YMMV / The Princess and the Pea

Tropes from the original fairytale

  • Freud Was Right: Not part of the original baggage, but in modern times it's become popular to give this premise a sexual overtone. Especially in Italy, where the word for "pea" can be used to say "penis".
  • Fridge Logic: If the girl is SO sensitive that even a pea through 20 mattresses will leave her bruised in the morning, how did she get far enough in the storm to even make it to the prince's castle in the first place? Shouldn't she have arrived a broken and bloody half-dead mess from the rain? (For that matter, how is she gonna have kids?)
    • It didn't leave her bruised, it was just that she could feel it period. Doesn't help the childbirth fact, but so long as it was just a moderate storm, the kind you wanted not to spend the night in, it shouldn't have been terribly damaging.
  • Values Dissonance: One would think that a much better demonstration of good character would be not to complain about your sleeping arrangements after being freely offered shelter in another person's house.
    • No one said she must be good person. The task is made for SpoiledBrats
    • The Live-Action TV version featured in Faerie Tale Theatre attempted to "civilize" the morning conversation. She was being polite at first and denied the sleepless night when questioned, until challenged to tell the truth, and then she spilled the beans in a more woobieish fashion (especially considering that this version also showed exactly what she went through that night).
    • One possible interpretation is that it is better to be honest. Though let's face it; the moral is "it is really good to be a princess." Which sucks for the rest of us.

Tropes from the film

  • Alternative Character Interpretation:
    • Is Heath a noble soul who truly deserved to be king, or is he an idiot who happened to be in the right place at the right time?
    • Is Daria a pure-hearted true princess, or is she just as arrogant and self-serving as the other princesses?
    • Does Rollo love Daria for her personality, or just her looks? His willingness to declare "she's the one" immediately upon meeting most of the other princesses suggests the latter.
    • Was Laird really evil from the beginning, or was being denied his birthright just the point where he snapped?
    • How did Hildegard become evil? Is it In the Blood, or just the way she was raised? Would Daria have turned out any different if the switch had never happened?
  • Broken Aesop: It's supposed to be something along the lines of "who you are matters more than your status", but since Daria was the king's biological daughter Switched at Birth for an imposter and said imposter was disowned the instant the king found out about it, it comes off as "who you're related to biologically is what matters most".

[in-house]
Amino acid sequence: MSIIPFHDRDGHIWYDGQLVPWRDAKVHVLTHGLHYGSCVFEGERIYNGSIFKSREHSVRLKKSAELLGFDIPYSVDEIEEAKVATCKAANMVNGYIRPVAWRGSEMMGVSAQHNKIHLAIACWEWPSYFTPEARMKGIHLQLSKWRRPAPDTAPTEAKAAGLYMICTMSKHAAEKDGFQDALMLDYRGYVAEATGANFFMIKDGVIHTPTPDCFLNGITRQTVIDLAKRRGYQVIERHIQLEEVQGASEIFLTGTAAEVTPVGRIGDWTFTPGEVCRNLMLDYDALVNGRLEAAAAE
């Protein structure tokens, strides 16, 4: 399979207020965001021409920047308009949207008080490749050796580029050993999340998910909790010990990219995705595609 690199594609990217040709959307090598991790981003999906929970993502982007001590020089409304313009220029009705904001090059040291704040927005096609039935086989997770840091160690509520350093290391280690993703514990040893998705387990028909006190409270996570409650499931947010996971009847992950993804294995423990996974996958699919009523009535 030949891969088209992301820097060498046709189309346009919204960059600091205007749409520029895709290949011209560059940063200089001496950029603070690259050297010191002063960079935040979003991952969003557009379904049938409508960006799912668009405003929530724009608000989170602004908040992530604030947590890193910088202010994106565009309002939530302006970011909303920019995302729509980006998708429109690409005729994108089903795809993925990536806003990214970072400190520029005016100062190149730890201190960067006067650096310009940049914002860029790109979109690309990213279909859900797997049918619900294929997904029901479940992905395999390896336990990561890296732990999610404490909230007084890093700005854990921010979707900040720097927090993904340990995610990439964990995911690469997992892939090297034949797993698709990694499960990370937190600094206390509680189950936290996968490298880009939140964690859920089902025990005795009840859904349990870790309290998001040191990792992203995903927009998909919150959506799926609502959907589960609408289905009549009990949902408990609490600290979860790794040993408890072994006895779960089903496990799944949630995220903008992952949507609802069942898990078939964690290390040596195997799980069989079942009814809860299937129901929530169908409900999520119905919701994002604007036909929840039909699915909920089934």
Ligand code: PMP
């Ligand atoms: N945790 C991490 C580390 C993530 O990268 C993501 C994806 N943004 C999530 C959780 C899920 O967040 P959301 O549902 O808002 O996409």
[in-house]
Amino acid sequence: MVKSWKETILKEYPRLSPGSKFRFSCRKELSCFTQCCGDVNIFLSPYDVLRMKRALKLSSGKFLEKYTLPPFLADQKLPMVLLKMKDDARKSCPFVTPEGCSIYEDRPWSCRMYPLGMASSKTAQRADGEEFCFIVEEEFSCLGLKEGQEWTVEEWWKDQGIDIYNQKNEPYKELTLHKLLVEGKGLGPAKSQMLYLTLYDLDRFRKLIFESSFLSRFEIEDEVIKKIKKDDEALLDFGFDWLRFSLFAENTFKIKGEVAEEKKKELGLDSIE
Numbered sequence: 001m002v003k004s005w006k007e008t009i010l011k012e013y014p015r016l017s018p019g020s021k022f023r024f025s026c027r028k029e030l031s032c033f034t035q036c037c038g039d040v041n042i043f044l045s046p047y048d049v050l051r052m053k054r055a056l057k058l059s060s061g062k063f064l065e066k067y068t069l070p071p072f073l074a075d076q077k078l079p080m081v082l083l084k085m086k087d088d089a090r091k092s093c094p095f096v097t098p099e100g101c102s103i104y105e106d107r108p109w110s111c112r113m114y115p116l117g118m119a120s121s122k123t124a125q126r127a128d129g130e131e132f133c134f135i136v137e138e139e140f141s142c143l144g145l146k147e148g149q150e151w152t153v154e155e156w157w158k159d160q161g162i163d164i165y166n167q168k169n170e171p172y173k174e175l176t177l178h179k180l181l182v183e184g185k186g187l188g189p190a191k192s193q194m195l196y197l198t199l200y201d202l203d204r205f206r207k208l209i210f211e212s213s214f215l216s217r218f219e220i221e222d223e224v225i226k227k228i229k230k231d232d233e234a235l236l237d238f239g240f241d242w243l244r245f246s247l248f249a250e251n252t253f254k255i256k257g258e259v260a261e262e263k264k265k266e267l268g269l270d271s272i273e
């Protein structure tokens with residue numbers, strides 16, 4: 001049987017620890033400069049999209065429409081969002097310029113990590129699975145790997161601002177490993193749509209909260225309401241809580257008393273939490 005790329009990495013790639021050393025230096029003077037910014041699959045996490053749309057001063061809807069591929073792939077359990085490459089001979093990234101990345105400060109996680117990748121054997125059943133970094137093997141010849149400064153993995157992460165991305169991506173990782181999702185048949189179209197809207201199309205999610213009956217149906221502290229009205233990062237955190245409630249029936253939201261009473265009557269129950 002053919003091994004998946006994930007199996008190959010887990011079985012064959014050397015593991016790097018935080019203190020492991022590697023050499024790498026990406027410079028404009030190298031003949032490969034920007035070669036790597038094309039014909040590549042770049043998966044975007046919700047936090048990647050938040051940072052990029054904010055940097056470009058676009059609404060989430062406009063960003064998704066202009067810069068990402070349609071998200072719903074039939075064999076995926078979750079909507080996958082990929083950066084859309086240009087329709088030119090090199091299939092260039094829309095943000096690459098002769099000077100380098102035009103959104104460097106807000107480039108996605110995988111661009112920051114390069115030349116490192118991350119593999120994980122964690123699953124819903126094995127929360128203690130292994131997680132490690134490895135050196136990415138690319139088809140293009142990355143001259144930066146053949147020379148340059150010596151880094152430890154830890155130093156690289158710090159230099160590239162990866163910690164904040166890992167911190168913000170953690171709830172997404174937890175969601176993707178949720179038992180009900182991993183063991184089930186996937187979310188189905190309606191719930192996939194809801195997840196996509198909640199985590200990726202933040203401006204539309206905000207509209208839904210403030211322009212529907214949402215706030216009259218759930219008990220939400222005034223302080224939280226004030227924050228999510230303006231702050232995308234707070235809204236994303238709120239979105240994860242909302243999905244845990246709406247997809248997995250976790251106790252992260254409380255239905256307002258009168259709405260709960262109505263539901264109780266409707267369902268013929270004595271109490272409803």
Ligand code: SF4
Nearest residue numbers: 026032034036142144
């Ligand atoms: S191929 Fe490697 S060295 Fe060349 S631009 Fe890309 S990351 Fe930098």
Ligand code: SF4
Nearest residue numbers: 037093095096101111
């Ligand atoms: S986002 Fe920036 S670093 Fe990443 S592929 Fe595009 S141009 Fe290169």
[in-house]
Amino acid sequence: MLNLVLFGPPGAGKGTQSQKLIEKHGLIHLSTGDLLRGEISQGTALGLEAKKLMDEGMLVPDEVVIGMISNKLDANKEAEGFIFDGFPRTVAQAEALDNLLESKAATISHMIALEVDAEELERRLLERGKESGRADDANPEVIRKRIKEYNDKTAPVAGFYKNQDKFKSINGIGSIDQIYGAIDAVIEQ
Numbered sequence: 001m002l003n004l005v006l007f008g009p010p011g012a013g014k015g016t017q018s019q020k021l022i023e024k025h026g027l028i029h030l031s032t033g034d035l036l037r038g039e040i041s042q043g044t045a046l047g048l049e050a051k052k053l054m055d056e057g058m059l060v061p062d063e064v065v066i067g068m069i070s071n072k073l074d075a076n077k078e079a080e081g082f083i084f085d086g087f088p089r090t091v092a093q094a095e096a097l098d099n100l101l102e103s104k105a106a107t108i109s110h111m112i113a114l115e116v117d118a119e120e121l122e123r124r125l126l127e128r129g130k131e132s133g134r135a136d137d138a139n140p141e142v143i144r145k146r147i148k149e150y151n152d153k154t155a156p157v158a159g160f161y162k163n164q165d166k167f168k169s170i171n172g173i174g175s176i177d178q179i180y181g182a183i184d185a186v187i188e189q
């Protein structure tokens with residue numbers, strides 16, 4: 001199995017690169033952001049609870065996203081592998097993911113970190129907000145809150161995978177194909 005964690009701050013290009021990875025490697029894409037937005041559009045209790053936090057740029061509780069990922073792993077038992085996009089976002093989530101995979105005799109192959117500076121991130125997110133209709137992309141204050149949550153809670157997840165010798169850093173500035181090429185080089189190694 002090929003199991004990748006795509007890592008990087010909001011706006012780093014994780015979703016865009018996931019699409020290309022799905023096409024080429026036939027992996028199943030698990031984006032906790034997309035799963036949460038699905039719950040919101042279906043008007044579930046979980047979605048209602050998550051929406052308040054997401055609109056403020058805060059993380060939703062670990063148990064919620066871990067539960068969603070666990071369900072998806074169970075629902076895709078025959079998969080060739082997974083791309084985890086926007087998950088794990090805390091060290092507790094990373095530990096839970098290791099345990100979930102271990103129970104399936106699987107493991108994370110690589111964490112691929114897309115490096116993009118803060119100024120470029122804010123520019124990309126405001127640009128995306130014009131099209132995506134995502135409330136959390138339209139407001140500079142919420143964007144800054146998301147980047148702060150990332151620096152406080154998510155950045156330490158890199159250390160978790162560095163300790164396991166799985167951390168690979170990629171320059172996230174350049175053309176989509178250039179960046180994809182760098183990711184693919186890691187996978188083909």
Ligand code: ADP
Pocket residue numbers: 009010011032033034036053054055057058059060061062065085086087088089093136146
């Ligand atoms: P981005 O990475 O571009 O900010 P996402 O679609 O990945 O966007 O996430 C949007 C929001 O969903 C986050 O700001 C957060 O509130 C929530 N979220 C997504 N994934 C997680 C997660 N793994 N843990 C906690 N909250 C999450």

• Ear Worm: "That's What It Takes to Rule."
  • Fashion-Victim Villain: The shoes Laird wanted to wear to his coronation are hideous, and he vowed not to take them off until his vengeance was complete.
  • Follow the Leader: This movie pretty much copies every Disney trope ever, but what makes this case especially bad is how, at the time of its release, Disney and other big-name animation studios weren't even making fairy tale movies.
  • Idiot Plot: Laird's plan to swap princesses would have failed immediately if anyone had noticed the different-colored eyes, lack of birth mark, or the fact that Hildegard doesn't look remotely similar to either Heath or the queen.
  • Informed Attribute: Although he's ambitious and acts like a stereotypical villain, Laird barely does anything to suggest that he's unfit to rule.
  • Insistent Terminology: The end credits really want you to know how original the story is.
  • Narm: By the truckload. Standout scenes include the awful CG effects when the stained glass figures come to life and at the end when Daria runs into Heath's arms, he spins her around, and then sparkles come out of nowhere as a scene transition.
  • Rooting for the Empire: Laird's motive for wanting to take over are pretty understandable, him having previously been destined for the throne before it was given to Heath.
  • Snark Bait: You betcha.
  • They Copied It, So It Sucks: The entire plot is lifted from Harold MacGrath's "The Goose Girl", which is ironically based on another fairy tale entirely, albeit the film is a bit more Disneyfied. For example, Hildegard is not a villain in the original book, which makes sense considering the whole being a baby when the switch occured.
  • The Woobie: Daria has it pretty hard throughout the film. She's taken from her loving father and raised by mean, lazy pig farmers who she has to take care of, she does all the chores on the farm, sleeps in a chicken coop, has the guy she's in love with ditch her, an angry mob tries to kill her, everyone ostracizes her when she goes back to town, and then her uncle and cousin try to kill her.